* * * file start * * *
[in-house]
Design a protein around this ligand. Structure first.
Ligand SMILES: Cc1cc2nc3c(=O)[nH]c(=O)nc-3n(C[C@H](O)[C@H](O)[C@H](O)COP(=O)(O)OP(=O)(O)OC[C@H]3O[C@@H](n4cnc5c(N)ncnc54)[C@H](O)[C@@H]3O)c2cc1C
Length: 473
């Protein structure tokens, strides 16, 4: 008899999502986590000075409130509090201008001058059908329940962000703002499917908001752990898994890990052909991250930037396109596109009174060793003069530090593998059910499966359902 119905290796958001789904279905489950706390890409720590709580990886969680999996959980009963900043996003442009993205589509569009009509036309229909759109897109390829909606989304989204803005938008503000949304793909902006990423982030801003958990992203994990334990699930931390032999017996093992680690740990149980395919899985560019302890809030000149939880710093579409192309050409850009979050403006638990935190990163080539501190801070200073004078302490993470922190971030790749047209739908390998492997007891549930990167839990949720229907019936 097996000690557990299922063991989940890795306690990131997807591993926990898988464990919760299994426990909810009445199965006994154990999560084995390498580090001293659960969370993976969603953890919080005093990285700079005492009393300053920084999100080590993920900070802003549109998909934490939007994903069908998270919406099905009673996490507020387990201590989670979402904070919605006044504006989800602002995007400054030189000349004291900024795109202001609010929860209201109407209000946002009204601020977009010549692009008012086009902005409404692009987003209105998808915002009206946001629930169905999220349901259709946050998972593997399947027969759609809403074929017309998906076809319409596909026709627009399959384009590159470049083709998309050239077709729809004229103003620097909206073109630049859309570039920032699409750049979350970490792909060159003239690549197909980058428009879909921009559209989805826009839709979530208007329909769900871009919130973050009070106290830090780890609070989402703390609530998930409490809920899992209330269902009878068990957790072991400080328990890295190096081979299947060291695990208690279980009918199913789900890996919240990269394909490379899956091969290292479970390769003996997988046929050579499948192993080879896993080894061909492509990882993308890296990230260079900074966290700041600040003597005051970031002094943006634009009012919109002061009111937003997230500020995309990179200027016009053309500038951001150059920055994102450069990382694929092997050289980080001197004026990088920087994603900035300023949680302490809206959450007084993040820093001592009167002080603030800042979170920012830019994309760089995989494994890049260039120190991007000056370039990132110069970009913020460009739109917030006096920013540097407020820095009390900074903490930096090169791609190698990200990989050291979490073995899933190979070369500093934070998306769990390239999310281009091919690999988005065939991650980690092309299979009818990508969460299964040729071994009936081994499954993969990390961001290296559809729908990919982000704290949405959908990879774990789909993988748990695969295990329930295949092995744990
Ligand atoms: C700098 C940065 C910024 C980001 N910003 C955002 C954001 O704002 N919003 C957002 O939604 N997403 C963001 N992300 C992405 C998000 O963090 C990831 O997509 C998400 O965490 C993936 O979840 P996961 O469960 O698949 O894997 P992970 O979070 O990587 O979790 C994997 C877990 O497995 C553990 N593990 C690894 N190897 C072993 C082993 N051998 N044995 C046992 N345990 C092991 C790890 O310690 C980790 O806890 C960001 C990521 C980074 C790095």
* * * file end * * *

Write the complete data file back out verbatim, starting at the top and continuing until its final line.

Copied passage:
[in-house]
Design a protein around this ligand. Structure first.
Ligand SMILES: Cc1cc2nc3c(=O)[nH]c(=O)nc-3n(C[C@H](O)[C@H](O)[C@H](O)COP(=O)(O)OP(=O)(O)OC[C@H]3O[C@@H](n4cnc5c(N)ncnc54)[C@H](O)[C@@H]3O)c2cc1C
Length: 473
């Protein structure tokens, strides 16, 4: 008899999502986590000075409130509090201008001058059908329940962000703002499917908001752990898994890990052909991250930037396109596109009174060793003069530090593998059910499966359902 119905290796958001789904279905489950706390890409720590709580990886969680999996959980009963900043996003442009993205589509569009009509036309229909759109897109390829909606989304989204803005938008503000949304793909902006990423982030801003958990992203994990334990699930931390032999017996093992680690740990149980395919899985560019302890809030000149939880710093579409192309050409850009979050403006638990935190990163080539501190801070200073004078302490993470922190971030790749047209739908390998492997007891549930990167839990949720229907019936 097996000690557990299922063991989940890795306690990131997807591993926990898988464990919760299994426990909810009445199965006994154990999560084995390498580090001293659960969370993976969603953890919080005093990285700079005492009393300053920084999100080590993920900070802003549109998909934490939007994903069908998270919406099905009673996490507020387990201590989670979402904070919605006044504006989800602002995007400054030189000349004291900024795109202001609010929860209201109407209000946002009204601020977009010549692009008012086009902005409404692009987003209105998808915002009206946001629930169905999220349901259709946050998972593997399947027969759609809403074929017309998906076809319409596909026709627009399959384009590159470049083709998309050239077709729809004229103003620097909206073109630049859309570039920032699409750049979350970490792909060159003239690549197909980058428009879909921009559209989805826009839709979530208007329909769900871009919130973050009070106290830090780890609070989402703390609530998930409490809920899992209330269902009878068990957790072991400080328990890295190096081979299947060291695990208690279980009918199913789900890996919240990269394909490379899956091969290292479970390769003996997988046929050579499948192993080879896993080894061909492509990882993308890296990230260079900074966290700041600040003597005051970031002094943006634009009012919109002061009111937003997230500020995309990179200027016009053309500038951001150059920055994102450069990382694929092997050289980080001197004026990088920087994603900035300023949680302490809206959450007084993040820093001592009167002080603030800042979170920012830019994309760089995989494994890049260039120190991007000056370039990132110069970009913020460009739109917030006096920013540097407020820095009390900074903490930096090169791609190698990200990989050291979490073995899933190979070369500093934070998306769990390239999310281009091919690999988005065939991650980690092309299979009818990508969460299964040729071994009936081994499954993969990390961001290296559809729908990919982000704290949405959908990879774990789909993988748990695969295990329930295949092995744990
Ligand atoms: C700098 C940065 C910024 C980001 N910003 C955002 C954001 O704002 N919003 C957002 O939604 N997403 C963001 N992300 C992405 C998000 O963090 C990831 O997509 C998400 O965490 C993936 O979840 P996961 O469960 O698949 O894997 P992970 O979070 O990587 O979790 C994997 C877990 O497995 C553990 N593990 C690894 N190897 C072993 C082993 N051998 N044995 C046992 N345990 C092991 C790890 O310690 C980790 O806890 C960001 C990521 C980074 C790095």